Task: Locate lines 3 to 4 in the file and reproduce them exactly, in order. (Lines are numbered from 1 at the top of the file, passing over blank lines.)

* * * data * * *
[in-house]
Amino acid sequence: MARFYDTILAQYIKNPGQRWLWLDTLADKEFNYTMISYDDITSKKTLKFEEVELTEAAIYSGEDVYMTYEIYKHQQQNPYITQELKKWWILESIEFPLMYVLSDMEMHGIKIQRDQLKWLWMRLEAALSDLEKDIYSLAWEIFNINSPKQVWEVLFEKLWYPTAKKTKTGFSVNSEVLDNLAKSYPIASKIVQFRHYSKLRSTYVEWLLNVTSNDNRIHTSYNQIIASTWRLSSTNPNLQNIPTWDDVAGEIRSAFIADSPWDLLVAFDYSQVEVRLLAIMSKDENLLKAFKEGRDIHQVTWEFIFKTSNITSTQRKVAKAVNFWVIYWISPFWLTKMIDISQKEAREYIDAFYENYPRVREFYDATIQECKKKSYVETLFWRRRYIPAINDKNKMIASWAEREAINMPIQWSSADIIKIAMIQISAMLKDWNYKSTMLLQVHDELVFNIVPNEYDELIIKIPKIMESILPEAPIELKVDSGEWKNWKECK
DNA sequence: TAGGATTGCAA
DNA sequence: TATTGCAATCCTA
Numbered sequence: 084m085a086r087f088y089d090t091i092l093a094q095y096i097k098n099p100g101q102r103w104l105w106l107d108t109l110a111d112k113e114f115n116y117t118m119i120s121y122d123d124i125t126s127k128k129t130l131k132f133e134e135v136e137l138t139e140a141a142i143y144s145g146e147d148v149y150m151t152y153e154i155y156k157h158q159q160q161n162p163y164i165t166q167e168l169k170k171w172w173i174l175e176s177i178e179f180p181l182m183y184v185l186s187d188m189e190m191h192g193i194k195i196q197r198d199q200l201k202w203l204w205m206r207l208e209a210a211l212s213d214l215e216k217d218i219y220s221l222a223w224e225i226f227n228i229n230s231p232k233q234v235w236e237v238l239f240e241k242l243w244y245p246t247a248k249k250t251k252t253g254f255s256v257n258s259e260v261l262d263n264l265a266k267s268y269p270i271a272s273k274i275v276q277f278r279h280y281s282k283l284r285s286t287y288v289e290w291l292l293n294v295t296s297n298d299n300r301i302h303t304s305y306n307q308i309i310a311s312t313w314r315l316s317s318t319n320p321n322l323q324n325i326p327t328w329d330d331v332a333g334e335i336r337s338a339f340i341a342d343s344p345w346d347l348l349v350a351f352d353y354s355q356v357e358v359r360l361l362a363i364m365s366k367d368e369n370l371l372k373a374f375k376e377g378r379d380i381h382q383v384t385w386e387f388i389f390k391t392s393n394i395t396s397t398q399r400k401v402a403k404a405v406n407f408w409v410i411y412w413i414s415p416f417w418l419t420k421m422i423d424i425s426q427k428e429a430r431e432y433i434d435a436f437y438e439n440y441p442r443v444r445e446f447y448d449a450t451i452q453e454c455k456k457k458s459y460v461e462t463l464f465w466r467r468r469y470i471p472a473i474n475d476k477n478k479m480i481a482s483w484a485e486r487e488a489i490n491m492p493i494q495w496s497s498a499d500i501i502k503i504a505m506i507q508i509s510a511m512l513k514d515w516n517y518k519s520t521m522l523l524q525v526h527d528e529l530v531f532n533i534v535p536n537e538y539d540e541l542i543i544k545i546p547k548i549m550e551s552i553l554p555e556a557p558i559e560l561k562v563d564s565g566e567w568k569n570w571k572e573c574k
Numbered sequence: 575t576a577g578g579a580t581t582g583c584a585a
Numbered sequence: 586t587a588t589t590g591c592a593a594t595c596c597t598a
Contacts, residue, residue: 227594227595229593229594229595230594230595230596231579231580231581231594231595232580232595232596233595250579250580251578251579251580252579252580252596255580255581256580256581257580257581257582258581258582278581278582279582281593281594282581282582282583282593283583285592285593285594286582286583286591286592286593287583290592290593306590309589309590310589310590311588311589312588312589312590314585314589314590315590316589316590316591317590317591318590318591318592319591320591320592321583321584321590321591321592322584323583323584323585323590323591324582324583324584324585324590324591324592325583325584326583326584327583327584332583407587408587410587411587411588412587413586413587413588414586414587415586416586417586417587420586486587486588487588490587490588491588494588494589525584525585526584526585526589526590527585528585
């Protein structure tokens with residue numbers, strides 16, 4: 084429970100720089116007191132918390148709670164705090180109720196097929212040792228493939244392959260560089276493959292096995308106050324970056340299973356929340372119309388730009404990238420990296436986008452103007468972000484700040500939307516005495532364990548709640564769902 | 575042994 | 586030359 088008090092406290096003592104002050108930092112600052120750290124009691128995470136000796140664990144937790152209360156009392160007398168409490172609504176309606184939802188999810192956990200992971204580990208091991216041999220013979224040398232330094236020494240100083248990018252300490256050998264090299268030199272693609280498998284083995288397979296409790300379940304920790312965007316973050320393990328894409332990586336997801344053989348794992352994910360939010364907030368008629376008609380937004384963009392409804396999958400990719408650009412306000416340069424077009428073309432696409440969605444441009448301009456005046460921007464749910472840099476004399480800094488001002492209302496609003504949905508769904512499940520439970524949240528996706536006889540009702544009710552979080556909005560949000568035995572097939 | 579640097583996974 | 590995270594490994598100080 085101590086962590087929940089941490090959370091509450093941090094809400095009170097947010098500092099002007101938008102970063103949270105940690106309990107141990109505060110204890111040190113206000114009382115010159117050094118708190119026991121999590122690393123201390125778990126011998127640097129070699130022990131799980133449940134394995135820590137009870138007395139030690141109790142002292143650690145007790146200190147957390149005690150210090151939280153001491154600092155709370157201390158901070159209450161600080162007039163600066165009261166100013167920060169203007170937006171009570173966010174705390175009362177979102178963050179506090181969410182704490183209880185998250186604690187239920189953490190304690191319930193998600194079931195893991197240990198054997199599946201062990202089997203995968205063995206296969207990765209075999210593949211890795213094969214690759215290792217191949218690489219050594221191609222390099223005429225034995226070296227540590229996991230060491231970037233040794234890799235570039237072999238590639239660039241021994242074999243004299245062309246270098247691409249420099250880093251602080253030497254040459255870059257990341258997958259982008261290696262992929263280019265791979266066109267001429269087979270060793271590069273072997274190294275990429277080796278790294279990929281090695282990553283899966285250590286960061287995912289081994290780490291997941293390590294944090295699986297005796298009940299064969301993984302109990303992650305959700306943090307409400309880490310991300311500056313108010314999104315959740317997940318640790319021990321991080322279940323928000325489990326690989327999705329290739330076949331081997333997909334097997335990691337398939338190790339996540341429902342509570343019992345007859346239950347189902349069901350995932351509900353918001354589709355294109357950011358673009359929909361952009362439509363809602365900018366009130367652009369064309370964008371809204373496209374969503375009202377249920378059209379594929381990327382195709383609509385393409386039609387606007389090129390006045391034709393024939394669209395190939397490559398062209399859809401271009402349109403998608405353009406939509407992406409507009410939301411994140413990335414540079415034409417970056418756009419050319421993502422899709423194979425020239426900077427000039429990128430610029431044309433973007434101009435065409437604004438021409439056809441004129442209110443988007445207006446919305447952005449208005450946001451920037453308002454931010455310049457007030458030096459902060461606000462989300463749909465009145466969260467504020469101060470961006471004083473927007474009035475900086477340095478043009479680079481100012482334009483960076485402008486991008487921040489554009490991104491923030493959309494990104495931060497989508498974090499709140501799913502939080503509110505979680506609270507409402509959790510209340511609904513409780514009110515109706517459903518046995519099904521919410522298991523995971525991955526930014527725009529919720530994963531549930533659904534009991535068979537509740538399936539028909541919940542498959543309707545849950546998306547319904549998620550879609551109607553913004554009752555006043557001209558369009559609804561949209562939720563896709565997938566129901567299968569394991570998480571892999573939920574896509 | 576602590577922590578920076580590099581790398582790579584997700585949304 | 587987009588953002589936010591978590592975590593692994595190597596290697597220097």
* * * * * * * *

DNA sequence: TAGGATTGCAA
DNA sequence: TATTGCAATCCTA